Alison Nicholls's blog

Monday, 9 December, 2019
I start each daily sketch intending to finish in 10 minutes, but after 10 minutes working on Lioness, I decided to just keep going because I thought she was worth finishing. When I look at her, I’m amazed I was able to confidently draw her, directly in ink, without messing the whole thing up. Reminding myself that its just a drawing on a piece of paper (yupo actually) helps a lot. But she is evidence of how far I think I’ve come in the last couple of years, particularly since I started my daily sketches. Lion was completed the next day, also in 20 minutes. You can see he is a...
Wednesday, 13 November, 2019
In these social media saturated days, what are the pros and cons of joining my Mailing List?Here are the Pros:1.Preview my new PaintingsYes, before I even post them on social media or put them on my website, you get to see all my new paintings in my newsletter. Which means you can snap up your favorite piece before the big wide world even knows it exists! 2.Win a WatercolorIf you Join My Mailing List before December 1st 2019, your name will be entered into the draw to win Sunlit Elephant – an original 10×8″ watercolor, created from life in Africa and valued at $200....
Thursday, 30 May, 2019
So what exactly is the difference between my Field Sketches & Daily Sketches?Elephants in Brown, field sketch by Alison NichollsMy Field Sketches are created from life, in Africa. I usually start by sketching in pencil or ink then add watercolor, but sometimes I sketch directly in watercolor. They are either 8×10″ or 11×14″ on watercolor paper and sell for US$200-$300, with 25% of the purchase price donated to various African conservation organizations.Turqouise Elephant, daily sketch by Alison NichollsMy Daily Sketches are created in the studio, in 10-minutes,...
Wednesday, 15 May, 2019
If your goal is sketching wildlife and you want to learn from the masters, you could do far worse than look at rock art by the San (Khoi-San or bushmen). With a few simple lines they catch the essence of an animal, so you immediately know it. And through their lifestyle as hunter-gatherers they are unparalleled in their knowledge of the animals they depicted in their rock art.How I start an elephant sketch.Over the years I’ve seen rock art in many locations in southern Africa including Matopos (Zimbabwe), the Tsodilo Hills (Botswana) and Twyfelfontein (Namibia). Most of the paintings...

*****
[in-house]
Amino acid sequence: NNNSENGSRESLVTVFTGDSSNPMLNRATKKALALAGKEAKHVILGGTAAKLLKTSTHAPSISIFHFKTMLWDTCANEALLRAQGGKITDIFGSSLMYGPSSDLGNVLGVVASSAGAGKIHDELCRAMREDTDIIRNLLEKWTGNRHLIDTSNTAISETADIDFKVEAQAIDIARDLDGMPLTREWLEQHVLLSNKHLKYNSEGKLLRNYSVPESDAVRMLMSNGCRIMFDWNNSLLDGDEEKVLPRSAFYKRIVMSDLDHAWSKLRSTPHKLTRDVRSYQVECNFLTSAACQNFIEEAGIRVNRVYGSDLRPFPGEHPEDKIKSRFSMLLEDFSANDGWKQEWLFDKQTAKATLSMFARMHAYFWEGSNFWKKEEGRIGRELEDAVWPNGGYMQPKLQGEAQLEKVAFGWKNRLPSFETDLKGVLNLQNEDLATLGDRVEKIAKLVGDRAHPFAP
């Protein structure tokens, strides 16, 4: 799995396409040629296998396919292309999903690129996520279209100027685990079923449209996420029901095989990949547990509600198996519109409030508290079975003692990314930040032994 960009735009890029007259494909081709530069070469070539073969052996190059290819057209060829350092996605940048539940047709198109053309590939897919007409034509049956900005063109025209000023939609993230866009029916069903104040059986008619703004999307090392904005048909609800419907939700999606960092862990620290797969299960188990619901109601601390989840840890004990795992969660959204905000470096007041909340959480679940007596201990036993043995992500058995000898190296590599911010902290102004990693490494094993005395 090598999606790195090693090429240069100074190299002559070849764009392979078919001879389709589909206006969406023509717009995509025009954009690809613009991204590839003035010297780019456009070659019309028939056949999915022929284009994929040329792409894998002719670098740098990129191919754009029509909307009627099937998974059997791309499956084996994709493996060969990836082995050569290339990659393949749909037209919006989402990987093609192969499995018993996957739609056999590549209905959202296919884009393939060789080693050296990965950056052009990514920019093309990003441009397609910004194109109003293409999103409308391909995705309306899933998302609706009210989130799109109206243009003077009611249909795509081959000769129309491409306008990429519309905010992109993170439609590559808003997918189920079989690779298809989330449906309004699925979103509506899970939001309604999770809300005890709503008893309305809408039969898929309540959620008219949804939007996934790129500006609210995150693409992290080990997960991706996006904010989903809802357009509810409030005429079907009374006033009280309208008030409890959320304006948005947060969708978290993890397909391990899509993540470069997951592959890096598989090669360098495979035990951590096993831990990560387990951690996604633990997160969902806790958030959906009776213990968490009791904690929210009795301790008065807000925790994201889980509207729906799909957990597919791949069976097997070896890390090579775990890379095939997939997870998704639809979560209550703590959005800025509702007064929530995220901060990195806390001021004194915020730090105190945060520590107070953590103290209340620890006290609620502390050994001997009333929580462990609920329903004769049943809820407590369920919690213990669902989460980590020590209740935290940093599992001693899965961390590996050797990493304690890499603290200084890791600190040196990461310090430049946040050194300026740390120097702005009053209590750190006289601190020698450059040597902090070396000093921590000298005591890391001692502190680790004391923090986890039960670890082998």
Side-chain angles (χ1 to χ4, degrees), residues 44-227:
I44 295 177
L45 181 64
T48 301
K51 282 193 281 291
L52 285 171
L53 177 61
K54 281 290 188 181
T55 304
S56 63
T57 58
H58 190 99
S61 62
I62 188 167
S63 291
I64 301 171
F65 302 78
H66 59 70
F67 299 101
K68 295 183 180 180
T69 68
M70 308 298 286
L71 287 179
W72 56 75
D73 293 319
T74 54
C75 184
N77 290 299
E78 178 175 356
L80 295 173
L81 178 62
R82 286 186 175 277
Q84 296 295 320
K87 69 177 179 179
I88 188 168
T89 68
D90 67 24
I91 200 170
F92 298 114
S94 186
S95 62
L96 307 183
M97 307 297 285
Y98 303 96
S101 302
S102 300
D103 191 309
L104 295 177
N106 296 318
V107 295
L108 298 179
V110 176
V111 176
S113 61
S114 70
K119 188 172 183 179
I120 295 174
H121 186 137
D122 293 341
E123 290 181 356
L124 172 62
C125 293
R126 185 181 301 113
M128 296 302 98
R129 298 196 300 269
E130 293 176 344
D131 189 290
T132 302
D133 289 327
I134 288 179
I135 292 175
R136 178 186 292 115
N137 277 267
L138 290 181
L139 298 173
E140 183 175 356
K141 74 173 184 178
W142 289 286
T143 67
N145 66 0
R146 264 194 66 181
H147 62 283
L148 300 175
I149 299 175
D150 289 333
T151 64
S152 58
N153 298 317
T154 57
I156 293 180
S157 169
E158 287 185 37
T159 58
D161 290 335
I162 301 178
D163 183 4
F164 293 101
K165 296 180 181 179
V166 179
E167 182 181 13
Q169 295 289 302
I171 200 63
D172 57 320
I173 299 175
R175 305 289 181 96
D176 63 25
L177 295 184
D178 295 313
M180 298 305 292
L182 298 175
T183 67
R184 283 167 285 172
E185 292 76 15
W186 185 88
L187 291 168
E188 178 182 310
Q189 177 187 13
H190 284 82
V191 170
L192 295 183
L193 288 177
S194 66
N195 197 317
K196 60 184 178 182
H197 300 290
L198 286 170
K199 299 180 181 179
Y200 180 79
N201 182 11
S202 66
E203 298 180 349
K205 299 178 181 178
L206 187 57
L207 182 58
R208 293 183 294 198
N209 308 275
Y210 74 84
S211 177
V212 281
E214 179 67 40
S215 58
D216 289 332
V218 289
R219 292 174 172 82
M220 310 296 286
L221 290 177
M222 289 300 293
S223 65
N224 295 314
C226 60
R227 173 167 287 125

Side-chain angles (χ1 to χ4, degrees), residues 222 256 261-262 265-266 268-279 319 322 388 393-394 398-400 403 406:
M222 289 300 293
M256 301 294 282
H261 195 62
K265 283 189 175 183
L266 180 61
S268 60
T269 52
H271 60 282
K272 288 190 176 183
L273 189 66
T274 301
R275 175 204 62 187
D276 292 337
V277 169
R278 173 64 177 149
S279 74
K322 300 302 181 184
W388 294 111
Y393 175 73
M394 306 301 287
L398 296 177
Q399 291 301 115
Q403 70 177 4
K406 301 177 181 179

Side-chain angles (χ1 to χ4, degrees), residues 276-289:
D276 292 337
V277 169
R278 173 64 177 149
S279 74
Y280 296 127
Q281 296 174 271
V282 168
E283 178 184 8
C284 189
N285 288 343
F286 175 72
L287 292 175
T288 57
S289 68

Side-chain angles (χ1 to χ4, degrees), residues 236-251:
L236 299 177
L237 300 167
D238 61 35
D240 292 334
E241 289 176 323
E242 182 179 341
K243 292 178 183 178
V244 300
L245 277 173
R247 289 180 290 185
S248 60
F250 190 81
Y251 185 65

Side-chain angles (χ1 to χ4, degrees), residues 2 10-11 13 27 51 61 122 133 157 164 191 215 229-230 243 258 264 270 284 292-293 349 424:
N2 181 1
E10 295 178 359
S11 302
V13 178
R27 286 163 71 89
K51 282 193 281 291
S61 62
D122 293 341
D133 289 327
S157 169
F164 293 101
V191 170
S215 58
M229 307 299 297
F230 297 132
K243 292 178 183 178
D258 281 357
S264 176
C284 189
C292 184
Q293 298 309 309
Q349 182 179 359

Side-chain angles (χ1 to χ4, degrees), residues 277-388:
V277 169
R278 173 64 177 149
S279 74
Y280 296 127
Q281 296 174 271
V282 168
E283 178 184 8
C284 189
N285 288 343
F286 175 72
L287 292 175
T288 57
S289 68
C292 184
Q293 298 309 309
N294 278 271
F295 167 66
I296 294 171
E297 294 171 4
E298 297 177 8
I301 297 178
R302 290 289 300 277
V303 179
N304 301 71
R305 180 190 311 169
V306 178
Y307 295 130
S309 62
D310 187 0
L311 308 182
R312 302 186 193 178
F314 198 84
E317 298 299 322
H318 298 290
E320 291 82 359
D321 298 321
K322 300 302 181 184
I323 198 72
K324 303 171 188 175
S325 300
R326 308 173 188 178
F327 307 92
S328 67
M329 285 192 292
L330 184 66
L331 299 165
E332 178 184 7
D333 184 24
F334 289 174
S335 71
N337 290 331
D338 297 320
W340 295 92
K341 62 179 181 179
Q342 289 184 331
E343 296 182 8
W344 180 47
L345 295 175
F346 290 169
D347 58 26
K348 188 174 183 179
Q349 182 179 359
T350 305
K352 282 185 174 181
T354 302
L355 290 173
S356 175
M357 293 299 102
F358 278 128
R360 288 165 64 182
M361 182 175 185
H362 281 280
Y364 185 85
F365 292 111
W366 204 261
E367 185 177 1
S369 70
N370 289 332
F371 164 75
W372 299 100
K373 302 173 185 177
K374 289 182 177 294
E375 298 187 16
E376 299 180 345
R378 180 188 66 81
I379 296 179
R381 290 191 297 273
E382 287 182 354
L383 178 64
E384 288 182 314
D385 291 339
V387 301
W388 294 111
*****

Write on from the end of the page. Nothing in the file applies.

Thursday, 9 May, 2019
Painting on a wall while standing on a wobbly plank balanced between 2 wobbly supports, is something many artists will have done I’m guessing.Drawing out the initial mural design                                                African People & WildlifeI was visiting African People & Wildlife, near Tarangire National Park, learning about the...
Wednesday, 1 May, 2019
Let Sleeping Dogs LieWe were looking forward to a quick cuppa, a nice mid-morning tea-break, but when we reached the big baobab in Savute, Botswana, we found that our spot was already taken. Let sleeping dogs lie…Let Sleeping Dogs Lie – sketched from life in pen and watercolor, Savute Botswana 2018The dogs made excellent sketching subjects, once I figured out whose legs and ears were whose. Painted dogs or African wild dogs (Lycaon pictus) are very social and like to lie together in a pile, in very close contact, so identifying which dogs to include in my sketch is the first...
Friday, 26 April, 2019
Earth Day is all WrongEarth Day is all wrong. We seem to have everything backwards. Once a year we celebrate Earth Day; World Environment Day; World Oceans Day; National Tree Day; or World Wetlands Day. Sure, we should celebrate the Earth, oceans, trees and wetlands, because they are absolutely essential to our continued existence, but these “days” are a reminder of what is under threat, rather than a celebration.  Here are just a few of the endless examples of “days” we shouldn’t need: World Rhino Day; Endangered Species Day; Lion Day; Vulture Awareness Day...
Thursday, 18 April, 2019
My Daily 10-Minute Sketches are for sale on Etsy, only $60 each, with 50% of the proceeds donated to African conservation organizations.A 10-minute daily sketch is a great way to start the day, keep my sketching skills up to speed, and experiment with line and color. I begin each one with an ink drawing then sometimes add watercolor or acrylic too. I'm working on yupo, a bright white, completely smooth, synthetic 'paper'. If you've tried it, you'll know that it is wonderful for ink drawings, but with watercolor it can be a little like painting on glass. As a result, not...
Sunday, 3 March, 2019
Recently I discovered that sketching villages from a moving car might be even more difficult than sketching wildlife.These rural scenes were sketched as we drove down from Kasane to the Tuli Block in Botswana. Although we are driving quite slowly through villages, it’s still a challenge to sketch and you need to develop a photographic memory by looking, memorizing, then sketching. However, I soon found my stride because these rural scenes are etched in my brain, from my years of living in Botswana. I wanted to capture the typical sights of a village – people sitting by the road;...
Thursday, 21 February, 2019
“Even in front of nature, one must compose” is attributed to Edgar Degas.Some will argue that nature is perfect and it’s arrogant to compose, to rearrange things, in your art. But we all do this, all the time, even those who are not artists. You are composing when you move left or right to get that perfect photo of a landscape. And artists are certainly doing this all the time in their paintings. Even artists who paint wildlife in intricate detail using photographic reference are likely to be moving things around and combining several photos to compose their painting.My...